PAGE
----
On the eve of your 7th birthday, I planned to take the time to think back to all of the amazing stories of your life, but now that I sit down to write, I realise that I would need at least another 7 years just to make a dent in describing the wonderful little guy you are. Instead I thought I would share with you your entry into this world.
Around this time 7 years ago, I was beginning to wallow in self-pity, I was the size of a house and had grown too large for my maternity clothes, and I found movement uncomfortable. I was wondering if you would ever emerge from my whale like body and make us a family. I had been to the hospital earlier in the day to see the doctor as you were supposed to be born already! The wait was horrendous, around 2 hours and the doctor was really rude. We were with her long enough for her to say that I would be induced the following Saturday and that I was required to attend a pre-admission clinic to plan for my induction. It sounded more like I was signing up to join the military rather than planning for your arrival. I went from being excited about having a baby to being terrified, I wanted some control about your entry into the world and I didn’t want to be induced. Besides, we had a wedding to go to on that day, you couldn’t be born then. Grudgingly the rude doctor scribbled out the induction date and sent me on my way.
We, your dad and I, found our way to the pre-admission clinic. The midwife there asked me how the doctor planned for me to be induced at which point I burst into tears. I didn’t know that there were different ways to be induced, I didn’t want to be induced damnit. She was lovely and offered to find the doctor to confirm a few details so she could let me know what would happen on Sunday, in the meantime, she set me up on a monitor to see how your were coping in your watery world.
On her way to find the doctor, she found my midwife – the beautiful Donna. Donna came to sit with me as we were listening to your heartbeat. She was so comforting and soothing and was intent on making sure I felt OK. She regularly asked me how I felt as apparently I was having regular contractions, I couldn’t feel them, but they were happening – HOORAY. Oh my God, apparently you were going to try and make your own way in to the world. I was so excited I really didn’t listen to any of the pre-admission or induction details.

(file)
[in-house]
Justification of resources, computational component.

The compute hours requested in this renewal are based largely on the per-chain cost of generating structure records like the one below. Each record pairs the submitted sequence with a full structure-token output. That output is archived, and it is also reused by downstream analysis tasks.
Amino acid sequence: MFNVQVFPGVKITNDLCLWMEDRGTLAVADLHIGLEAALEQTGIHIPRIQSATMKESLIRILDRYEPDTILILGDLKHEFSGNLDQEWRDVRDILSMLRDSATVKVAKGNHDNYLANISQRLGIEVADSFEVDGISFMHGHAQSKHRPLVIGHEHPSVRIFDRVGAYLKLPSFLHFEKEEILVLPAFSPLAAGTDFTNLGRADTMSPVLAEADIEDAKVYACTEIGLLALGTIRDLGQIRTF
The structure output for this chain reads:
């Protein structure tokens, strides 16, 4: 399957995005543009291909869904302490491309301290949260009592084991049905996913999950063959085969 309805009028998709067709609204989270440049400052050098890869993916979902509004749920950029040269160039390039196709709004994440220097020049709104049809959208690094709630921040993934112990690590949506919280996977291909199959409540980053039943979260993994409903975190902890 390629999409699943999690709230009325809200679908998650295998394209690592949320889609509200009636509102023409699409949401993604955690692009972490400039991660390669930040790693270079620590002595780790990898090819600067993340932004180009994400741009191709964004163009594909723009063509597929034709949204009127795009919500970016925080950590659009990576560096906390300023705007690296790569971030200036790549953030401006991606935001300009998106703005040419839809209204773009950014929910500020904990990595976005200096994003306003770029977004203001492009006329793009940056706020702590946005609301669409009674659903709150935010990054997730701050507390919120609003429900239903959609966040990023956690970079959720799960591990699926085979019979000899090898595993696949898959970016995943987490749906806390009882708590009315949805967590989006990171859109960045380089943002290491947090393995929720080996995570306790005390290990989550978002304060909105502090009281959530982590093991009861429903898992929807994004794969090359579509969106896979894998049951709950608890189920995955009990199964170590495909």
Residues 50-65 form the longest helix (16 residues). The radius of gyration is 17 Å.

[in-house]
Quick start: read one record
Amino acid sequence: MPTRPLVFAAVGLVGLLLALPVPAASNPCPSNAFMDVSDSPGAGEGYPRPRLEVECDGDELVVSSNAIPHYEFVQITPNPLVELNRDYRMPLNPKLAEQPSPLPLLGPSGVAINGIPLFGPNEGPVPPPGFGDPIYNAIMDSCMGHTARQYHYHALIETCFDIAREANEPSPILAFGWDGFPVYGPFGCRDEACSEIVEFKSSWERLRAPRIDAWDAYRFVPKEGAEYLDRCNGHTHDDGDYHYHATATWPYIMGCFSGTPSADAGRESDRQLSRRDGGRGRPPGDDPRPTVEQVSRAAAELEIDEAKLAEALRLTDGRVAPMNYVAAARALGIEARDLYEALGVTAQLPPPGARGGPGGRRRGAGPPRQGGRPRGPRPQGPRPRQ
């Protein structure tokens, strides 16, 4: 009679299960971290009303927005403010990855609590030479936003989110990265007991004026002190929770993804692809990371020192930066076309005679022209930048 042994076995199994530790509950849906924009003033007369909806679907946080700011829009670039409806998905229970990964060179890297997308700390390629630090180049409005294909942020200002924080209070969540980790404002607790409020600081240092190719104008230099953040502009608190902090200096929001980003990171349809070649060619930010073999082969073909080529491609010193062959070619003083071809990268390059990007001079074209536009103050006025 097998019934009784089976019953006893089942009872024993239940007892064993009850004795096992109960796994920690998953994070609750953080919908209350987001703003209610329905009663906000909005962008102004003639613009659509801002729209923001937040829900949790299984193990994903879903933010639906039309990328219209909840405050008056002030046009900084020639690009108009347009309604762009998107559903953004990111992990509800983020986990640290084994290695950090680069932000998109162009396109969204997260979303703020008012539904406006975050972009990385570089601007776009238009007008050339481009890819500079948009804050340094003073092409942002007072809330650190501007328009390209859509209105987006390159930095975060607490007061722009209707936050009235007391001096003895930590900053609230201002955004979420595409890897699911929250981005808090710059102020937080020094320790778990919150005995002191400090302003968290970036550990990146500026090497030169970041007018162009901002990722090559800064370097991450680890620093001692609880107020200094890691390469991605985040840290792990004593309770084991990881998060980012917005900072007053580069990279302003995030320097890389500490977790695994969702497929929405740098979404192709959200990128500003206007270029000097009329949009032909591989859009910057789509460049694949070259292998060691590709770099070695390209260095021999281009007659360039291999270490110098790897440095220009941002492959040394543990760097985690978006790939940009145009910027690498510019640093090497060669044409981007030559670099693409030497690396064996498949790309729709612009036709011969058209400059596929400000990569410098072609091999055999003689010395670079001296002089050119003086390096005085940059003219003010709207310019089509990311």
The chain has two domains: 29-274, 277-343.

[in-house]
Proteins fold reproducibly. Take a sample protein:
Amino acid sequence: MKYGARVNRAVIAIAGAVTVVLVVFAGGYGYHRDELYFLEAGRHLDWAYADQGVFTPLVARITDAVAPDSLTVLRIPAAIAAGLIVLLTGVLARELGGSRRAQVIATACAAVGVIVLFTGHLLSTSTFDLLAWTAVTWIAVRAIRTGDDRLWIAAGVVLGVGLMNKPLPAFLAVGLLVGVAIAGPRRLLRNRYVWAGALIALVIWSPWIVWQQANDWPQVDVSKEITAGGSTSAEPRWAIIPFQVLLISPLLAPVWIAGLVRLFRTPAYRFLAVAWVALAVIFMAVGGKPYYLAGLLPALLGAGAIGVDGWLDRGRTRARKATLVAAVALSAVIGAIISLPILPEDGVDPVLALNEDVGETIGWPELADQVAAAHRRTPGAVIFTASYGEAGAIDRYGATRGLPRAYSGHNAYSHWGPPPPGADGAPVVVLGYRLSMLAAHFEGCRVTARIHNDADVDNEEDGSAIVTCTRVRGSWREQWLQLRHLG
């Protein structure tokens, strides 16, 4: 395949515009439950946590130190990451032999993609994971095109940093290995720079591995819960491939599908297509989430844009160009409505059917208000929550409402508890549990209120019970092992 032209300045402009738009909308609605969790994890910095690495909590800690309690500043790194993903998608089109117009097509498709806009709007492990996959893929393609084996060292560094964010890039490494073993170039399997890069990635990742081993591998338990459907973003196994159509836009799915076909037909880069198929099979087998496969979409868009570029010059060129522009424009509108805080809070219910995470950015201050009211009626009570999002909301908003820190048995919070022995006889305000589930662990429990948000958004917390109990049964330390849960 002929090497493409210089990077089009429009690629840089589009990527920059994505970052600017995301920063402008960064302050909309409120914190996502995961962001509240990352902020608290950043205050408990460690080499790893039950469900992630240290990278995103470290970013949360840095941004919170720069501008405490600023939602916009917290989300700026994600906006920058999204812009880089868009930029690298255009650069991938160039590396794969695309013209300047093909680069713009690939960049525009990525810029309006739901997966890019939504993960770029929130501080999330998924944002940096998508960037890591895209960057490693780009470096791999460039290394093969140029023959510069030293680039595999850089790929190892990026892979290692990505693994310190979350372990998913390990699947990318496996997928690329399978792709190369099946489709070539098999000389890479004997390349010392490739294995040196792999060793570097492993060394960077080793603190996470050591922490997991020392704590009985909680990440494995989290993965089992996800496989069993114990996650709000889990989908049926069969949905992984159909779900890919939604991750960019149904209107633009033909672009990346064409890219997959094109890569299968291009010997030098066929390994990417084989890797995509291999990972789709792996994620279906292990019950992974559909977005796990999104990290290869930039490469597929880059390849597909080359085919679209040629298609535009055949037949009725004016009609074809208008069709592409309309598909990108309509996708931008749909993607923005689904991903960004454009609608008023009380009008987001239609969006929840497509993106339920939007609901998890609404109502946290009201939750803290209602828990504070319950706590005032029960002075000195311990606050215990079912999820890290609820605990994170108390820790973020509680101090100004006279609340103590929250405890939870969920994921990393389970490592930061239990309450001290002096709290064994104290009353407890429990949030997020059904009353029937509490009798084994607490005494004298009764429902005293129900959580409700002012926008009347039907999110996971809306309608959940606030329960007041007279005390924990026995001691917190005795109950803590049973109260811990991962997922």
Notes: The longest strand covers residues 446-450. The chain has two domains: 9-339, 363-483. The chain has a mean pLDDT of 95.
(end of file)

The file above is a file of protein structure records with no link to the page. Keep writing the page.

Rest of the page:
That was around midday. All afternoon I kept wanting to imagine that you were about to be born but I was convinced that I was had dreamt that the midwives were monitoring real contractions. Not only was I uncomfortable, but I really wanted to meet the little guy who had been inhabiting my body for the past 9 months.
Finally, as I was about to go to bed at around midnight after some last minute nesting, the first contraction began. I wasn’t sure if it was a contraction and tried to go to sleep, but when another hit 5 minutes later, and then 5 minutes after that, I figured it must be the real thing. I didn’t know if it was the annoyance of the contractions or if it was the excitement that you were finally on the way, but I couldn’t sleep. I was adamant that didn’t want to spend too much time in hospital, so we spent the night, wandering (or in my case waddling the streets) until sunrise. By then I was exhausted.
There was no point trying to sleep, the contractions were only 2 minutes apart. Instead it was time for me to have a bath to try and relax. It was also time for your dad to go and get some sleep.
By 9am, and another few kilometers waddled, it was becoming difficult to walk through the contractions, it was nearly time to head in to the hospital. The contractions were about 90 seconds apart lasting for about 45 seconds. We collected my sister, your aunt and soon to be God Mother and in we went, arriving at the labour ward at around 10am. After monitoring both of us, the midwives suggested that we could have a baby that shift. My hopes soared – there was an end to it all.
At this stage the contractions were more exhausting than painful and I was desperately in need of sleep. The change of shift, at 3 in the afternoon came and went, and still no baby (or sleep). I hadn’t slept in more than 36 hours and I was convinced that a shot of pethedine wouldn’t be bad, in fact that me being physically exhausted would be more detrimental to your well being than the drugs would be. I am so sorry that I needed to add pethedine to your comfortable home but I really really needed to sleep. It is difficult to describe the effects of the drug, but it allowed me to sleep soundly in between contractions that were only a minute apart yet the contractions themselves lasted a minute and were over in the blink of an eye and I fell asleep again.
Unfortunately the pethedine relaxed you also and it slowed my labour. The contractions went from less than a minute apart to 5 minutes apart again. It was like it would never end. Finally my waters were broken and all hell broke out. I was having a baby – HOORAY! My concept of time is totally disjointed, but my discharge notes say that you were born within 45 minutes (it may have been 45 days for all I was aware). At 9.46pm on the 30th of January 2002, you were born – a beautiful baby boy.
This is you a minute after you were born, I reached down to give you your first ever cuddle, the best cuddle I have ever experienced. Welcome the the world my beautiful boy.
7 years ago seems like such a long time but it has passed in the blink of an eye. In that time we have had some amazing adventures, who knows what the next 7 years will bring? I love you more than words could ever describe and more than you could ever imagine. You are my wonderful little ‘Snugglepot’.
Love a very proud mum, your Mum